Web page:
New 21 January, 2001
Barry resides in South Africa, and is a software engineer. he claims to have little training or skill as a model engineer, but I think you will agree that the obvious quality of his model belies that assertion. I will let him tell the story his way:
The engine is as finished as it will ever be, so here are some pictures!
I'll briefly relate how all this came about. I write software for a living, but like to do more "real" things when I can. I've had the ambition to try some model engineering for many years, but never pursued it. About 15 years ago, I bought a little lathe (Unimat) from a hard-up fellow I met in a bar in a mining town, where I was doing business. It has been sitting in its box all these years, waiting for the moment.
Then in 1999, I got the idea to make some sort of "coffee table" engine -
something that was visually interesting and unusual.. I did a lot of surfing, looking for ideas, and found your site, along with some other Stirling sites.
I was captivated by your engines, but doubted that my non-existent machining skills plus the Unimat were up to the job. A few experiments confirmed this to
be the truth!
Then I saw the "Test Tube Stirling" site, and made one up in an
hour or two. I was amazed by how strongly it kicked - much more so than I would have guessed. The next evening the test tube got mounted in
lashed up gimbals, and equipped with a con-rod and flywheel. It sort of ran, but balance was a big
problem, and it was very jerky. The next night, it became a "two tube" engine, which solved most of the problems. It then crossed my mind that I should use
this as the basis for my coffee table engine, because there is no super-critical
machining involved, and I could get some valuable experience in the gentle art of engine building. Obviously, the Unimat is a bit limiting in terms of the size of a piece that can be turned, hence some unusual design features,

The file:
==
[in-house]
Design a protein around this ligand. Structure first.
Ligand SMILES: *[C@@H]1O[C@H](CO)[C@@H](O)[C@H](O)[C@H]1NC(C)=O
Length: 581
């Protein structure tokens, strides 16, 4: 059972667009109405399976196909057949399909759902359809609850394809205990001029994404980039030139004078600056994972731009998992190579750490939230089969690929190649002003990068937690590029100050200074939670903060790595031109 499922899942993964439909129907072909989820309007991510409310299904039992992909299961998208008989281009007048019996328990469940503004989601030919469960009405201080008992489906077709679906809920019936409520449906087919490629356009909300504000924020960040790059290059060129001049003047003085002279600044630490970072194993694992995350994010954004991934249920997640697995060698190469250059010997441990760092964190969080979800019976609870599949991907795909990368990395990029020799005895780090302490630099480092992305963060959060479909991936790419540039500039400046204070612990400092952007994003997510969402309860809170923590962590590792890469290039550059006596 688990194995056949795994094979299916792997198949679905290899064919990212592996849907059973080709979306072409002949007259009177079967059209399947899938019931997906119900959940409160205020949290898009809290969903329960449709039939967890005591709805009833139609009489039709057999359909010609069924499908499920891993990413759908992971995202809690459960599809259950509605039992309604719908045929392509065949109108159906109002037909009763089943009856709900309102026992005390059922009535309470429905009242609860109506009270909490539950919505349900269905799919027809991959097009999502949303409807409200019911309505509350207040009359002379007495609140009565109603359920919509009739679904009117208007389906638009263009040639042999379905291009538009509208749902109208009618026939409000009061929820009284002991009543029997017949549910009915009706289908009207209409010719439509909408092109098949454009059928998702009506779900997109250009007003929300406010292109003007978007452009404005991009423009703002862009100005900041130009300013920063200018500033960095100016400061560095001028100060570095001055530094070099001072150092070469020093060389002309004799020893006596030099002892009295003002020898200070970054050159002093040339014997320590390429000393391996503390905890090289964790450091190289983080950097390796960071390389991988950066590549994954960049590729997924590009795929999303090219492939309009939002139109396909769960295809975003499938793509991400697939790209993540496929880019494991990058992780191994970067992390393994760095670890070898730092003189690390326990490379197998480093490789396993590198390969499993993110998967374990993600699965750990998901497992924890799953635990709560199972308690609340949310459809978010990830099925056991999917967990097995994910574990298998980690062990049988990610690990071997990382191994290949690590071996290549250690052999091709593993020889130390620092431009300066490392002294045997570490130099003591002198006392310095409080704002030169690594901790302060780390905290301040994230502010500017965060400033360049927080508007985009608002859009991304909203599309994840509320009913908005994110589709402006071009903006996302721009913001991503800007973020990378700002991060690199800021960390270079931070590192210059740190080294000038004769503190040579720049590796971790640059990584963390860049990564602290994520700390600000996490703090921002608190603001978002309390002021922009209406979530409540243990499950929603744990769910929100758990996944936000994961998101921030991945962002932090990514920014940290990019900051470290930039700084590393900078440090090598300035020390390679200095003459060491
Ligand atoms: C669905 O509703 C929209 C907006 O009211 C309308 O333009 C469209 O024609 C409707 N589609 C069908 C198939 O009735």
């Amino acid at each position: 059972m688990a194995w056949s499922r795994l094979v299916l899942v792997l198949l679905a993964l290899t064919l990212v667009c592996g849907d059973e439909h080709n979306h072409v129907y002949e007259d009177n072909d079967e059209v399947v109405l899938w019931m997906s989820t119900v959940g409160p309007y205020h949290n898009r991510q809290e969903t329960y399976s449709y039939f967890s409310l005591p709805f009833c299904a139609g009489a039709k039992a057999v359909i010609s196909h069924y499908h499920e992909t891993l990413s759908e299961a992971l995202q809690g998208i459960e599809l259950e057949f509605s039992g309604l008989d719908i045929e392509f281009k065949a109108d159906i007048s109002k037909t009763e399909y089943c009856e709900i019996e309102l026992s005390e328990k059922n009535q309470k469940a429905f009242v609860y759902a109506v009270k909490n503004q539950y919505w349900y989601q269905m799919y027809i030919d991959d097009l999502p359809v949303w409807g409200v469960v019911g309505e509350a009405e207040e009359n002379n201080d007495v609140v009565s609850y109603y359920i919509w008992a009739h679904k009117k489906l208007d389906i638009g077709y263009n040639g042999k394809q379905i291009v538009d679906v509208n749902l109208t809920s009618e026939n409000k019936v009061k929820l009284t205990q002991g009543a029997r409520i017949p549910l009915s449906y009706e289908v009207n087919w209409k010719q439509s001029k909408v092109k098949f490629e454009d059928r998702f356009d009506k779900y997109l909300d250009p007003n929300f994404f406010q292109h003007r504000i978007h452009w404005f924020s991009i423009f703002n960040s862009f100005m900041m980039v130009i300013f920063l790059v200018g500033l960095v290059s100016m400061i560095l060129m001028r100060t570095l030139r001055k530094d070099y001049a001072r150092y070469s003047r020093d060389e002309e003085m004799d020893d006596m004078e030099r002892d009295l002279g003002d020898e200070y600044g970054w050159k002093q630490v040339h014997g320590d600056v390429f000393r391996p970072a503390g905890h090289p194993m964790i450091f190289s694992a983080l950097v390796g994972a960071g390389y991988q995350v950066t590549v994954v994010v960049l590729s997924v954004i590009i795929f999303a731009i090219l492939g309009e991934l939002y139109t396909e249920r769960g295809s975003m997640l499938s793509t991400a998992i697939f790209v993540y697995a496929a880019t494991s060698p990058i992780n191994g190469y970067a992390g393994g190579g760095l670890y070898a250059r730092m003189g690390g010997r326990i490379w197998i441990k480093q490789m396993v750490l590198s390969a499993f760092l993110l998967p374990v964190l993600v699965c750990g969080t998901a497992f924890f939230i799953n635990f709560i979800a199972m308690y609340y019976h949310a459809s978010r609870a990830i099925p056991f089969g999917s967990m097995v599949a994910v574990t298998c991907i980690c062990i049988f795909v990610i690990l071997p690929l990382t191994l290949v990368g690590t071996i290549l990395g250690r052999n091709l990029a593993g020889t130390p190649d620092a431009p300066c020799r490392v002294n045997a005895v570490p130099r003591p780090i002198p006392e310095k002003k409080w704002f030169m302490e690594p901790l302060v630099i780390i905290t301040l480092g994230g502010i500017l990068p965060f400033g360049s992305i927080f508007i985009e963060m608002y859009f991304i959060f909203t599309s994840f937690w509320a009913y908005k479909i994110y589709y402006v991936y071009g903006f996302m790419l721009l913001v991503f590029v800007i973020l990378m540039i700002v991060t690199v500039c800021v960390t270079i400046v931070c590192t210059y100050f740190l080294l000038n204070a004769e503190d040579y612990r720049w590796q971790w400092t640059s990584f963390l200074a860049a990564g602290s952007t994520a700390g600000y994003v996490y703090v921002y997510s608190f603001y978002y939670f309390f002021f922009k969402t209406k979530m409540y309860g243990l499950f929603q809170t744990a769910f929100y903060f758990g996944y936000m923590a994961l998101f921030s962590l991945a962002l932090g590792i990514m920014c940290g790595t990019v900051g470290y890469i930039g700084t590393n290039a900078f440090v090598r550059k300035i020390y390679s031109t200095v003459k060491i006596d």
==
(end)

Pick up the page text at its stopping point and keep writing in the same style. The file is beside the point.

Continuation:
such as the flywheel (which took weeks to make).
The engine starts after about 30 seconds, and runs very smoothly at about
40-60 rpm, which means that it can be easily tracked visually. The revs are self limiting, because as the engine speeds up, a point is reached where the
marbles don't have time to reach the ends the test tubes - they just oscillate around the center point.
An early problem was that heat tended to slowly travel along the tubes, causing the balloon "diaphragms" to distend, and eventually stopping the engine. This was
addressed initially by making the pads that that the diaphragms work against adjustable (via the thumb wheels at
the rear of the engine). The cure actually came with the addition of the fins behind the front gimbals.
I tried it on one side first, unsure of whether it would get heat out of the tube, or just help
conduct it further down the tube. The former was true, and the engine now runs indefinitely, the adjustable pads being almost redundant.
I have to say that building the engine has been a lot of fun, and a very
valuable learning experience (witness my reject part box!). I get most of my materials from a scrap dealer, so the cost has been very small. The engine
certainly is a talking point - most people can't figure out what it is, much less that it's an engine that runs. Also, its motion is intriguing, with the marbles shuffling gently back and forth and the flywheel turning.
So what next? I think I could use a bigger lathe - somehow I don't think I am
going to pick up the next one in a bar! Then maybe an LTD ... or a Ringbom
And here are the photos of an engine built by someone with "non-existent machining skills"!
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